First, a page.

What did they find at the ER?

Come to find out that mass was pushing so hard on my bladder that it seized, and so it could not relax enough to allow me to pee. That was my first actual CT scan because they did that in the ER, and of course they came in and said, yes, it is a mass.

We said, “Well, can we cut it out now because we’re at the same hospital?” But they couldn’t fit me in, so I still had to wait until the next week.

We went to the hospital in the afternoon to have it out, and that was awful because I couldn’t eat or drink, so I was dehydrated and nauseous from hunger.

Tests & Scans

Describe the pelvic exam

With the pelvic exam they also do a rectal exam, and then they do palpitations around your abdomen. It’s like an annual pelvic exam where a woman is up in the stirrups, you have your heels in there, and they do need to enter the vagina.

They’re not doing a pap smear because pap smears don’t detect ovarian cancer (that’s cervical cancer), but what they did was push on one side and push on the other side.

Because I had a mass and they weren’t gonna rupture it, they pushed very gently to feel the edges, to feel it. It was really like a regular pelvic exam done at an annual gynecological physical.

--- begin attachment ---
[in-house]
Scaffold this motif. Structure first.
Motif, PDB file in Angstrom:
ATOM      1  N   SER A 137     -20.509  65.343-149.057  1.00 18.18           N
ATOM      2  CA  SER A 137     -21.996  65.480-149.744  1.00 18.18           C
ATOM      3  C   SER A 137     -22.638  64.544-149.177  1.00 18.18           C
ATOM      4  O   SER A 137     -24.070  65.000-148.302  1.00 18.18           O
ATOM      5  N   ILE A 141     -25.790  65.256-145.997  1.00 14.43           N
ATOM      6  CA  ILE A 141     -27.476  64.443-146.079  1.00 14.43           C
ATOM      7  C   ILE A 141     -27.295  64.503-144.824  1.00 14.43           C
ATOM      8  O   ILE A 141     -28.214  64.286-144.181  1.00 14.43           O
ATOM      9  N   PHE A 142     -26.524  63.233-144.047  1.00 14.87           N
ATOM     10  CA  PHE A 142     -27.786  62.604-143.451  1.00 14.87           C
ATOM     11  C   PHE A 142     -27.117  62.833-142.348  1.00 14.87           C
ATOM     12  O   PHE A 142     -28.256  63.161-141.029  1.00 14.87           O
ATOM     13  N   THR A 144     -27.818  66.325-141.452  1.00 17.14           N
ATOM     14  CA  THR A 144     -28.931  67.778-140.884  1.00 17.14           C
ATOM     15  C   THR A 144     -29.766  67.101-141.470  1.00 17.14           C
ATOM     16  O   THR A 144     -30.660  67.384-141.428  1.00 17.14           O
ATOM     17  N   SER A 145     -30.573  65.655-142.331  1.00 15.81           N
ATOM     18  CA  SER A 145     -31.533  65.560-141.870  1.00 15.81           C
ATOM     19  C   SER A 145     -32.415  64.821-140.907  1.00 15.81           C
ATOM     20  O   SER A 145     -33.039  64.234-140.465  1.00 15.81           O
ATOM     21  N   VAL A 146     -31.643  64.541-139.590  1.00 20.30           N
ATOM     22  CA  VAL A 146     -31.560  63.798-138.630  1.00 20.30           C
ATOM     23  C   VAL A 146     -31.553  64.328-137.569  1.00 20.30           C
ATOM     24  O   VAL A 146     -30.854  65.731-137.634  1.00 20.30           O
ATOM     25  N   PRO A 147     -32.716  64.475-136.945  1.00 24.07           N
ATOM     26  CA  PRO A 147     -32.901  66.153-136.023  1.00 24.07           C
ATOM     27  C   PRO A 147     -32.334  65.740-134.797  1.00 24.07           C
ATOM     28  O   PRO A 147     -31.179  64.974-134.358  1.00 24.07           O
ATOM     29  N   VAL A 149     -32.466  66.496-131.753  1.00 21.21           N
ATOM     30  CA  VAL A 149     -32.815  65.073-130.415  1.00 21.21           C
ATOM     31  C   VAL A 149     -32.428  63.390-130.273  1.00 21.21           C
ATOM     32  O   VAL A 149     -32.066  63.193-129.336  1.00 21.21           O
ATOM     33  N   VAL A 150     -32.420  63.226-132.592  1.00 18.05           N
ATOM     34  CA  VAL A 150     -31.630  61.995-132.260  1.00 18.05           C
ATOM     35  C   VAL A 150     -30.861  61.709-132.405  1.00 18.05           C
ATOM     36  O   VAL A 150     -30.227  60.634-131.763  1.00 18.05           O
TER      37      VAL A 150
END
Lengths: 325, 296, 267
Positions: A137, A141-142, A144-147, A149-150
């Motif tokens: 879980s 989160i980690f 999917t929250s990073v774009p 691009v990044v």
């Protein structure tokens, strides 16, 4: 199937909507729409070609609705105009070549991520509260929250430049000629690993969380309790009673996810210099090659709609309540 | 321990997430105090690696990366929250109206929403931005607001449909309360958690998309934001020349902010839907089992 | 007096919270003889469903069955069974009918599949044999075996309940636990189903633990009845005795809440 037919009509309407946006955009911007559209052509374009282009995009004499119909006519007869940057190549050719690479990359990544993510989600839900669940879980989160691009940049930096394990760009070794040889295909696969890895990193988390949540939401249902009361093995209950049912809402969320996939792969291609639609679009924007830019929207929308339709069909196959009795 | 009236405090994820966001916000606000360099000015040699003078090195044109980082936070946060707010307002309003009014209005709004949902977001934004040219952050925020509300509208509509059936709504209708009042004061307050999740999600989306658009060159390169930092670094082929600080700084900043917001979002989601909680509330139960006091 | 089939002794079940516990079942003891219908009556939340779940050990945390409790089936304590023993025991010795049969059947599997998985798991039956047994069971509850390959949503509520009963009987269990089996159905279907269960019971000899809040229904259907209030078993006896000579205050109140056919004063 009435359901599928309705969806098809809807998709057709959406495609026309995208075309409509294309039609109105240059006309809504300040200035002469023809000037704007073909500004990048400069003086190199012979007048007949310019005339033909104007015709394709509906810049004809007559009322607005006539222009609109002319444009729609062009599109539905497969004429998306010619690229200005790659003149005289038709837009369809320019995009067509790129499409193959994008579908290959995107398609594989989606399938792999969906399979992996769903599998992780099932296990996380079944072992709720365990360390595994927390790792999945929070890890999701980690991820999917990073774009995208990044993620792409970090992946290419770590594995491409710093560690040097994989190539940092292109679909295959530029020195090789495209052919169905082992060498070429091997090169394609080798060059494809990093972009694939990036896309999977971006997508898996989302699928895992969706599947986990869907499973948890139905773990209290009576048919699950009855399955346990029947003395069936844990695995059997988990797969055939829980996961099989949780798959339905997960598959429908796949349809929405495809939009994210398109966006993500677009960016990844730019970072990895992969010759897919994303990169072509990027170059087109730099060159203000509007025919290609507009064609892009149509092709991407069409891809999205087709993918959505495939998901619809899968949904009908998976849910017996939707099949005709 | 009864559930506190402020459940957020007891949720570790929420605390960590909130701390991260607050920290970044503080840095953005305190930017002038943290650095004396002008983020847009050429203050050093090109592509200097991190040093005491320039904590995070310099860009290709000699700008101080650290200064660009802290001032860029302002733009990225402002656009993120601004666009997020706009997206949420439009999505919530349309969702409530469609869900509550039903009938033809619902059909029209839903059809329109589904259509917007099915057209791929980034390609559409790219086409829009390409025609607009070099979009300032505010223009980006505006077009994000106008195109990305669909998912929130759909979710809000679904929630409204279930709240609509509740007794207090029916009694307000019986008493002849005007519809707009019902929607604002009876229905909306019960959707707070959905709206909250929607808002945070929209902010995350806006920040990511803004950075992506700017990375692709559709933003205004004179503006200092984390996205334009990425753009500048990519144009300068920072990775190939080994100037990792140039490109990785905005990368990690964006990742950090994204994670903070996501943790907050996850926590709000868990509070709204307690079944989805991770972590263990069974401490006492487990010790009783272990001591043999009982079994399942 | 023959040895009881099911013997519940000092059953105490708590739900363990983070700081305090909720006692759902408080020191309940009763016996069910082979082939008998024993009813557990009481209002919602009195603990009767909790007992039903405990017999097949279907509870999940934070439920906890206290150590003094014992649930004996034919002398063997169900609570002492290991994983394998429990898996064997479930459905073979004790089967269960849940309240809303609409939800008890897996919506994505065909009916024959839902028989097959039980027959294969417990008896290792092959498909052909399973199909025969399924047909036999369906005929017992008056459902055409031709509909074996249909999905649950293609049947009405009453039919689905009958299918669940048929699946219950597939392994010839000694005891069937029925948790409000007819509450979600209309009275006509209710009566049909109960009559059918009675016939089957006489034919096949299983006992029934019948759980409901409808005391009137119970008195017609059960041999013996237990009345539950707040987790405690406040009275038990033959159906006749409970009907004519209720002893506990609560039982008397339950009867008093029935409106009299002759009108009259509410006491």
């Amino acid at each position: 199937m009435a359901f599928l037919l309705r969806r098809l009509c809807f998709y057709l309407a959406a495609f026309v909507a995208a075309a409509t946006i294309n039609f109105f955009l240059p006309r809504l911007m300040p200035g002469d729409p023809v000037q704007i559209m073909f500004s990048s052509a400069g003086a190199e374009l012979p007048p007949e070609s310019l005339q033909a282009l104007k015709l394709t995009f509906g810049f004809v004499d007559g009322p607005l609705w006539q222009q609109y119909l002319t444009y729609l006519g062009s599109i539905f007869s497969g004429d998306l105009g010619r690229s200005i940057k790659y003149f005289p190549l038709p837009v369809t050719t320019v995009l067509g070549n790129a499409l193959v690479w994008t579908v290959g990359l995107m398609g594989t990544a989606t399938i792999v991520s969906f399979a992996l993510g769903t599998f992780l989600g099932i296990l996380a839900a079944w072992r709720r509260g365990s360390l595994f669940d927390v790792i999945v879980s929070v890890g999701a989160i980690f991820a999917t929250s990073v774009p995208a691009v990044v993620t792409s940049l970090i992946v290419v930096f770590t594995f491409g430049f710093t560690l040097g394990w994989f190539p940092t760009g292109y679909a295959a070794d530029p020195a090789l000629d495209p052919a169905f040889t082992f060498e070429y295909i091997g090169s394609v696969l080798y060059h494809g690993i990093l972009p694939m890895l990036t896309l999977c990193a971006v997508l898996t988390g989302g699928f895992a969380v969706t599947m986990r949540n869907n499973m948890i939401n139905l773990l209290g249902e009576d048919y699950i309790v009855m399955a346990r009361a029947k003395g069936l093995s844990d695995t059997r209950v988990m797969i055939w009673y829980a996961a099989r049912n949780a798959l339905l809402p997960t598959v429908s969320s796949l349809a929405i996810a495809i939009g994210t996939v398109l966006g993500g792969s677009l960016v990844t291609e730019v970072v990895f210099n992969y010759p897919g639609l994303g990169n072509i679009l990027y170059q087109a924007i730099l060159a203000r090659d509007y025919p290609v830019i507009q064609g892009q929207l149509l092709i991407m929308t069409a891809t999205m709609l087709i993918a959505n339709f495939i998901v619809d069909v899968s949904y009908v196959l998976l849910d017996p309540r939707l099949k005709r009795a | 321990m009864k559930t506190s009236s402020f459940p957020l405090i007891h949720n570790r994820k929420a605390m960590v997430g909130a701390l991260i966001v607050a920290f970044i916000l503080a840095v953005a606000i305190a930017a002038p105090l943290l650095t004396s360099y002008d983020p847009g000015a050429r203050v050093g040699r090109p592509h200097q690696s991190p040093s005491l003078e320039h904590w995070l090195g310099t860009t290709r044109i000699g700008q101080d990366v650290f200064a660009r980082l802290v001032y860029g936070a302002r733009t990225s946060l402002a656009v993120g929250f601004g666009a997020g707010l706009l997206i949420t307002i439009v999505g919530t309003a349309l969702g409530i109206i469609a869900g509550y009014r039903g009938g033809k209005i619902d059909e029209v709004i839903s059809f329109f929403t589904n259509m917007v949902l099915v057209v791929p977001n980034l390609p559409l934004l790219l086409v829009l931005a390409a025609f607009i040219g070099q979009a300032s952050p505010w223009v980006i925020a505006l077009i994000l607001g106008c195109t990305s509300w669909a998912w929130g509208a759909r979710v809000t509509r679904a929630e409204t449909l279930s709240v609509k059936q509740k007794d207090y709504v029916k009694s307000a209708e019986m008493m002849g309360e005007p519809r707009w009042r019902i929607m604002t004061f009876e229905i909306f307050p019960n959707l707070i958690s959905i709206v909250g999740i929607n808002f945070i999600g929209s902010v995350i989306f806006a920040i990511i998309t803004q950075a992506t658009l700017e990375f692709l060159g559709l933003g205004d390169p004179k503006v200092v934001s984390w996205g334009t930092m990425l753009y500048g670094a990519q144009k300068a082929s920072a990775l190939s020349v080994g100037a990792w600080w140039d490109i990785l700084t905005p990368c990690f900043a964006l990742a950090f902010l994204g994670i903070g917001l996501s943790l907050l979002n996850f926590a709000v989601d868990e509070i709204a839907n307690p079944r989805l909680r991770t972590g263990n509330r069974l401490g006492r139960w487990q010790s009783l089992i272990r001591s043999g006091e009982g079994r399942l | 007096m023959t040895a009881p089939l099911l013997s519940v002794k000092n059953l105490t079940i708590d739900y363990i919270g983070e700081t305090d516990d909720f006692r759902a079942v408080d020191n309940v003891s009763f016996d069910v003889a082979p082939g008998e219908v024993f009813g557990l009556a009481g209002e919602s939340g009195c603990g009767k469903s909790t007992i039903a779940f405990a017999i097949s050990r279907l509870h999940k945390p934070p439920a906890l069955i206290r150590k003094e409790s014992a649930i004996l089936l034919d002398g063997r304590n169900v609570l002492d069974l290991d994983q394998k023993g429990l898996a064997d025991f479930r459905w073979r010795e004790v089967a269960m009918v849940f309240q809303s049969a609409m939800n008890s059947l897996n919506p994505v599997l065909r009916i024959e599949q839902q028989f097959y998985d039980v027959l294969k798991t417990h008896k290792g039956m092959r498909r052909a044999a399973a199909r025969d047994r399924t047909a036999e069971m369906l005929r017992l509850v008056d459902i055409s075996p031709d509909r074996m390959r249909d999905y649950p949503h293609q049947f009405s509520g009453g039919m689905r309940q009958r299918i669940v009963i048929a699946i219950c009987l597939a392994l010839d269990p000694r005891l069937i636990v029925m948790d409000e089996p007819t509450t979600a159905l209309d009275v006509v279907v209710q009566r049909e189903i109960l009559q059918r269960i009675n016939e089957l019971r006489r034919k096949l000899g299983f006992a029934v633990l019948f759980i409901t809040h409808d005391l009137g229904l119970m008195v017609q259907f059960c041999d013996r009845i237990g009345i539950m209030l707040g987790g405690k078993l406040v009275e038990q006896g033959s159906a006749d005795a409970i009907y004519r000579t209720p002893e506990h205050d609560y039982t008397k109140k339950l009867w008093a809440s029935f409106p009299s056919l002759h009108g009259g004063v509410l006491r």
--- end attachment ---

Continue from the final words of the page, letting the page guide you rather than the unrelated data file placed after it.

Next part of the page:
They also then have to put a finger in your rectum because they can also feel it that way. They are very good about preparing you, telling you, making sure it’s not painful.

Usually what they do is they tell you to bear down like you’re having a bowel movement, and then they can go in there, you relax, and they can feel from that wall as well. Then just palpating on the abdomen is just like what regular doctors do, but they are gonna be real gentle if you have any type of a mass.

Describe the vaginal ultrasound

It sounds scary. It’s nothing worse than your pelvic exam except that you might have a full bladder because they tell you to drink a bunch of water usually so that they can contrast between whatever they’re looking for against the bladder.